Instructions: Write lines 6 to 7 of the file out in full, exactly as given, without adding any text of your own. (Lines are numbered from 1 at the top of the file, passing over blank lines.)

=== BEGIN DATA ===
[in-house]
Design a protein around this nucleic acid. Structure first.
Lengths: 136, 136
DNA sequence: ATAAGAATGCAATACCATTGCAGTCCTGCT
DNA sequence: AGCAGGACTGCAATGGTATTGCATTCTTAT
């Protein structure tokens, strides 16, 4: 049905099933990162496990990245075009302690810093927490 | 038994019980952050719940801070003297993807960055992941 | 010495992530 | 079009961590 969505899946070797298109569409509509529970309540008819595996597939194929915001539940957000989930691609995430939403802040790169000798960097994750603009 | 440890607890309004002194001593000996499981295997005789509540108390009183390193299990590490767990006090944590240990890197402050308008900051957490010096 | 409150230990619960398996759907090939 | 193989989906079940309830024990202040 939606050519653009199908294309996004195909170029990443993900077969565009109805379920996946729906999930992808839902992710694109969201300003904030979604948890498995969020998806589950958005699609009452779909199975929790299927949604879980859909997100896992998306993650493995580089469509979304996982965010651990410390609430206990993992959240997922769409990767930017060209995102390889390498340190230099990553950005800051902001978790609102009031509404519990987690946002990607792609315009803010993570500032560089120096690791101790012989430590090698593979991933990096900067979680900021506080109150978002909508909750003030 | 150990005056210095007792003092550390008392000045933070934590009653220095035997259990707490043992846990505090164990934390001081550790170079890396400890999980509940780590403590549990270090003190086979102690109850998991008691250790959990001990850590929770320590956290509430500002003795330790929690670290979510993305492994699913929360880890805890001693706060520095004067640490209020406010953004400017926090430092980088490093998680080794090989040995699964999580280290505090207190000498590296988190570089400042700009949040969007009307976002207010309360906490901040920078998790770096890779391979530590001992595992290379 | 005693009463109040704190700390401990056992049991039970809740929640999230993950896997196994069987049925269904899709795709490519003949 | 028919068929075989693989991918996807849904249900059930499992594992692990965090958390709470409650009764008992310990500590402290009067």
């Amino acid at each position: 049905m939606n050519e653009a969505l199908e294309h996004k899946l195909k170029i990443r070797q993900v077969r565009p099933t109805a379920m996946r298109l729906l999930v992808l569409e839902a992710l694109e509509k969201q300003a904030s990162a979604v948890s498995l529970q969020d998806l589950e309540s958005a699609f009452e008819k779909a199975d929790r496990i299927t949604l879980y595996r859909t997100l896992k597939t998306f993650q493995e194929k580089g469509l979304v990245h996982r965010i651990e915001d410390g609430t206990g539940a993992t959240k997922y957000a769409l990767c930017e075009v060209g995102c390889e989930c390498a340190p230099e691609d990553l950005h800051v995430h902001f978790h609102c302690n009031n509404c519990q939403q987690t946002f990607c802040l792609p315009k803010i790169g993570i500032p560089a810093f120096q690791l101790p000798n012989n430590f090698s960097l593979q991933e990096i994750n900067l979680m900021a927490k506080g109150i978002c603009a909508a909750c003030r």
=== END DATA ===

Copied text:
């Protein structure tokens, strides 16, 4: 049905099933990162496990990245075009302690810093927490 | 038994019980952050719940801070003297993807960055992941 | 010495992530 | 079009961590 969505899946070797298109569409509509529970309540008819595996597939194929915001539940957000989930691609995430939403802040790169000798960097994750603009 | 440890607890309004002194001593000996499981295997005789509540108390009183390193299990590490767990006090944590240990890197402050308008900051957490010096 | 409150230990619960398996759907090939 | 193989989906079940309830024990202040 939606050519653009199908294309996004195909170029990443993900077969565009109805379920996946729906999930992808839902992710694109969201300003904030979604948890498995969020998806589950958005699609009452779909199975929790299927949604879980859909997100896992998306993650493995580089469509979304996982965010651990410390609430206990993992959240997922769409990767930017060209995102390889390498340190230099990553950005800051902001978790609102009031509404519990987690946002990607792609315009803010993570500032560089120096690791101790012989430590090698593979991933990096900067979680900021506080109150978002909508909750003030 | 150990005056210095007792003092550390008392000045933070934590009653220095035997259990707490043992846990505090164990934390001081550790170079890396400890999980509940780590403590549990270090003190086979102690109850998991008691250790959990001990850590929770320590956290509430500002003795330790929690670290979510993305492994699913929360880890805890001693706060520095004067640490209020406010953004400017926090430092980088490093998680080794090989040995699964999580280290505090207190000498590296988190570089400042700009949040969007009307976002207010309360906490901040920078998790770096890779391979530590001992595992290379 | 005693009463109040704190700390401990056992049991039970809740929640999230993950896997196994069987049925269904899709795709490519003949 | 028919068929075989693989991918996807849904249900059930499992594992692990965090958390709470409650009764008992310990500590402290009067």
């Amino acid at each position: 049905m939606n050519e653009a969505l199908e294309h996004k899946l195909k170029i990443r070797q993900v077969r565009p099933t109805a379920m996946r298109l729906l999930v992808l569409e839902a992710l694109e509509k969201q300003a904030s990162a979604v948890s498995l529970q969020d998806l589950e309540s958005a699609f009452e008819k779909a199975d929790r496990i299927t949604l879980y595996r859909t997100l896992k597939t998306f993650q493995e194929k580089g469509l979304v990245h996982r965010i651990e915001d410390g609430t206990g539940a993992t959240k997922y957000a769409l990767c930017e075009v060209g995102c390889e989930c390498a340190p230099e691609d990553l950005h800051v995430h902001f978790h609102c302690n009031n509404c519990q939403q987690t946002f990607c802040l792609p315009k803010i790169g993570i500032p560089a810093f120096q690791l101790p000798n012989n430590f090698s960097l593979q991933e990096i994750n900067l979680m900021a927490k506080g109150i978002c603009a909508a909750c003030r």